There he was checked over and the vet said he had a slight temperature and a bit of swelling in his lower abdomen. He was given 3 jabs for various things and we were told that he should start to improve within about 48 hours. Of course as soon as we came back from the vet, he legged it through the cat flap and then spent the next couple of hours in the garden! This was yesterday afternoon and the sun was shining and I'd planned on attacking my front flower/herb bed outside my living room window. I also let the hens out to play, so his brother Bertie (the skinny tabby who is the best hunter of the three) enjoyed chasing the hens around - he's a right devil. He's the one who was chasing the Red Legged Partridge with feathers in his mouth. He's even caught moorhens, the little sod, although I did manage to free them from his pitbull jaws and set them free none the worse for wear. You'd never imagine it as butter wouldn't melt and he's the most lovable of the three demanding noisy attention and the most amount of strokes of the three.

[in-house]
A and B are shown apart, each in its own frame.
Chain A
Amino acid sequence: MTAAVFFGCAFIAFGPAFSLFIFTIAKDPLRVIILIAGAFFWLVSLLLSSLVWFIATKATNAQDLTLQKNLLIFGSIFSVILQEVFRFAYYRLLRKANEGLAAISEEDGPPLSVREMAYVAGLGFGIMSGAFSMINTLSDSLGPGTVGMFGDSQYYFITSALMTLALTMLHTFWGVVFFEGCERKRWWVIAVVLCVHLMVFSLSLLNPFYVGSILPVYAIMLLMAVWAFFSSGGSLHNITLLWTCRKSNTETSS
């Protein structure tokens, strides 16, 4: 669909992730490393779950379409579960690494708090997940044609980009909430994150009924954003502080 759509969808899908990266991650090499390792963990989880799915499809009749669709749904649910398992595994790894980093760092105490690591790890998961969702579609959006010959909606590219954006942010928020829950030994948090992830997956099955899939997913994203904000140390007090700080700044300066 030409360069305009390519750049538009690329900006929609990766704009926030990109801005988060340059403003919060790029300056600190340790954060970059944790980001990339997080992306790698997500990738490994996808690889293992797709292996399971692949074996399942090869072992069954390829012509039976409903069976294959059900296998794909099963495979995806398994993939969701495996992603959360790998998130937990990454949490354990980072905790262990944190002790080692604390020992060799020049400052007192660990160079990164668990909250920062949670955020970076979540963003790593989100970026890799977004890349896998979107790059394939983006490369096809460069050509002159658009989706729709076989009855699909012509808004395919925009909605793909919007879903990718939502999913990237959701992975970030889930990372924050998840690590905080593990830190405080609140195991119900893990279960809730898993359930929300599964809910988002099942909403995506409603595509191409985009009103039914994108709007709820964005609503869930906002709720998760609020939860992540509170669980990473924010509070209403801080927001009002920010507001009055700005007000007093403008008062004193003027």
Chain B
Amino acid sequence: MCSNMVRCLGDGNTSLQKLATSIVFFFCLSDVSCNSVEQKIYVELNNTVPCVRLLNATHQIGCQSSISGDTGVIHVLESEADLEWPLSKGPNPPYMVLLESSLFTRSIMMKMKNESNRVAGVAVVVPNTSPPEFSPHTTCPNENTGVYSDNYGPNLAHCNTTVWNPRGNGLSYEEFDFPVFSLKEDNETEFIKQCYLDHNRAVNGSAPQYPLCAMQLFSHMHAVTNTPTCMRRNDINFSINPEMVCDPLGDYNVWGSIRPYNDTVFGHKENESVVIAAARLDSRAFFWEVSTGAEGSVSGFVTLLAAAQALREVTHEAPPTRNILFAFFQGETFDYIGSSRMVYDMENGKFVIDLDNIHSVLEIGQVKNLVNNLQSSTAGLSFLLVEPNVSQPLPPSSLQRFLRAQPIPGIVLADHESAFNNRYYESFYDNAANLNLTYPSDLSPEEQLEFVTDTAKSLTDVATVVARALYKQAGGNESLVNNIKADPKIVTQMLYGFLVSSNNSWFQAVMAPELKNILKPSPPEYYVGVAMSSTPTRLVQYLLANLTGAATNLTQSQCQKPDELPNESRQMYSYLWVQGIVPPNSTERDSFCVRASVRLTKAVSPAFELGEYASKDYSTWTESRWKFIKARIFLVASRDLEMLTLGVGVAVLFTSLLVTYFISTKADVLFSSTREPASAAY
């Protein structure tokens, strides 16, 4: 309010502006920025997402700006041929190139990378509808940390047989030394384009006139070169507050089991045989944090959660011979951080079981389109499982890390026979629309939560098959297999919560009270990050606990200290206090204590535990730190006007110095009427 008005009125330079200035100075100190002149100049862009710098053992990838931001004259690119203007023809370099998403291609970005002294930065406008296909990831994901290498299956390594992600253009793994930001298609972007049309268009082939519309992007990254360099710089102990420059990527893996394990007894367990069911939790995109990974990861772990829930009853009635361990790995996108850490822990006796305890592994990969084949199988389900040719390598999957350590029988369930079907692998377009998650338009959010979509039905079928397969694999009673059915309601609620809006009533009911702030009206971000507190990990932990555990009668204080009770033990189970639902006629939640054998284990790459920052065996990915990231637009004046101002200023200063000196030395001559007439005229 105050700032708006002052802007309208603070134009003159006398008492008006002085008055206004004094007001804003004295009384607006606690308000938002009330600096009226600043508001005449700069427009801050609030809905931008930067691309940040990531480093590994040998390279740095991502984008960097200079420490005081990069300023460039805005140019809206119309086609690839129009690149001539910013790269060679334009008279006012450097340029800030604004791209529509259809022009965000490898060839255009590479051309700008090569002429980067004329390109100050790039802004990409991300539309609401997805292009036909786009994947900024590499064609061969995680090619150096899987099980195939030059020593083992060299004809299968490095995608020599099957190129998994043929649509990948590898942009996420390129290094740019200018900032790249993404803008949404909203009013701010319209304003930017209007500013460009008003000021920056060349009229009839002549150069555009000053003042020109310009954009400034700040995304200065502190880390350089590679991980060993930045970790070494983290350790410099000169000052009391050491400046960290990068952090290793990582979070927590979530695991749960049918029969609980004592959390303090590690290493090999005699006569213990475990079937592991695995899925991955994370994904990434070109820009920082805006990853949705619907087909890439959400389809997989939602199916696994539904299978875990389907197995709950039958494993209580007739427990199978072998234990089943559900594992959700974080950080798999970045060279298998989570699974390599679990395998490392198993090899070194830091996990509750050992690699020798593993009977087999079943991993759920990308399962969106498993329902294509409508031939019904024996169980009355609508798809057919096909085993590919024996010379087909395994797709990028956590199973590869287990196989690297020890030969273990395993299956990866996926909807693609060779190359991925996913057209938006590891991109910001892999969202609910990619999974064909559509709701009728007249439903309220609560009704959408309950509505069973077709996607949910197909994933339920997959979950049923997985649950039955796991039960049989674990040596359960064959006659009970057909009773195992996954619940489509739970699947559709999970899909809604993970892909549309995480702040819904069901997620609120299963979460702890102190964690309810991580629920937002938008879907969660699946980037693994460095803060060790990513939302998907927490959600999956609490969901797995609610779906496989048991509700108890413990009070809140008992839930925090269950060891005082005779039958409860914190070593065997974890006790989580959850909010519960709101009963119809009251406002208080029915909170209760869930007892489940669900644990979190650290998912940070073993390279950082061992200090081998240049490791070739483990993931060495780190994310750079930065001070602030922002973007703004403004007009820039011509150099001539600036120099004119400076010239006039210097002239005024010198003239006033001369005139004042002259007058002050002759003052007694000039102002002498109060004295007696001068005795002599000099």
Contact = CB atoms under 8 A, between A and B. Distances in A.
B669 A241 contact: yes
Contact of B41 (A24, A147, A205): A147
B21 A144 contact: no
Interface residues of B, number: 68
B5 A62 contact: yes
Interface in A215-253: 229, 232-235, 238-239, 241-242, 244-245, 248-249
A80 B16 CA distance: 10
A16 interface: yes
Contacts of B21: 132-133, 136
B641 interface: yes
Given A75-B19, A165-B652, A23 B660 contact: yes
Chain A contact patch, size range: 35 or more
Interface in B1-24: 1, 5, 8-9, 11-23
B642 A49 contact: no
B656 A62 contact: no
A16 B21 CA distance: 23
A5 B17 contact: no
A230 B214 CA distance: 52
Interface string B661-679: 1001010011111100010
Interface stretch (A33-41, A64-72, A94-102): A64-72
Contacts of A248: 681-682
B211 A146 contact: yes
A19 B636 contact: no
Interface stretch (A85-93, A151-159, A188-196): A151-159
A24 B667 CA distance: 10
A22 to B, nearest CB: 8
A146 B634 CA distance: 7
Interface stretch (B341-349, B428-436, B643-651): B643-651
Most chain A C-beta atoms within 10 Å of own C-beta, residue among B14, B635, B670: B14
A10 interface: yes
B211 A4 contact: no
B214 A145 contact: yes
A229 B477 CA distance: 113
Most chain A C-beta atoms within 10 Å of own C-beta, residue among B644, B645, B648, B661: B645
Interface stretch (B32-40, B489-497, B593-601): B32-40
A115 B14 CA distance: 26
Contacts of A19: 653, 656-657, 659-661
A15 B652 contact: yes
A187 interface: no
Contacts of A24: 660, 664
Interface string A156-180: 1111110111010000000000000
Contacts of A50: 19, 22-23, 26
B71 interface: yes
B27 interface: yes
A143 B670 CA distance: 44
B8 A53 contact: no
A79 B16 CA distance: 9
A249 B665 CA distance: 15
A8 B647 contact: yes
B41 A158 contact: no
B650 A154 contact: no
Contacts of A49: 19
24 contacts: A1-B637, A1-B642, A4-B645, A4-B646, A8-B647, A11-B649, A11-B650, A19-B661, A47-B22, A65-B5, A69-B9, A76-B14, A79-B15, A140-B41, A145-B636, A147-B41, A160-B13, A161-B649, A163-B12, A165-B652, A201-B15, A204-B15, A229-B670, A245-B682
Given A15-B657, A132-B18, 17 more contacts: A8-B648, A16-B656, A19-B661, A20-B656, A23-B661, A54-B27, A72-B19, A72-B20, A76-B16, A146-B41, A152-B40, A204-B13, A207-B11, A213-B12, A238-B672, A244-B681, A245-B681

By the way I had a great afternoon out snipping and clipping and watching and taking photos of my menagerie and the garden in fairly nice weather, but more about that in another post.

Harry looking sad. :-(

From another angle, and I really need to wash that blankie
but they won't forgive me if I take it away!

And another let's take over the sofa day. Actually that's every day!

Thankfully I managed some photos of Bertie this time. He was acting loopy and jumping up the tree, back down again and repeat about 10 times. I finally managed to get a couple of non blurry photos! The trouble with winter is that you can't up the shutter speed very much due to the low light levels.

I'm about to jump up (this is Harry's hugging tree by the way)!

And up he went, only to come down and repeat this over and over.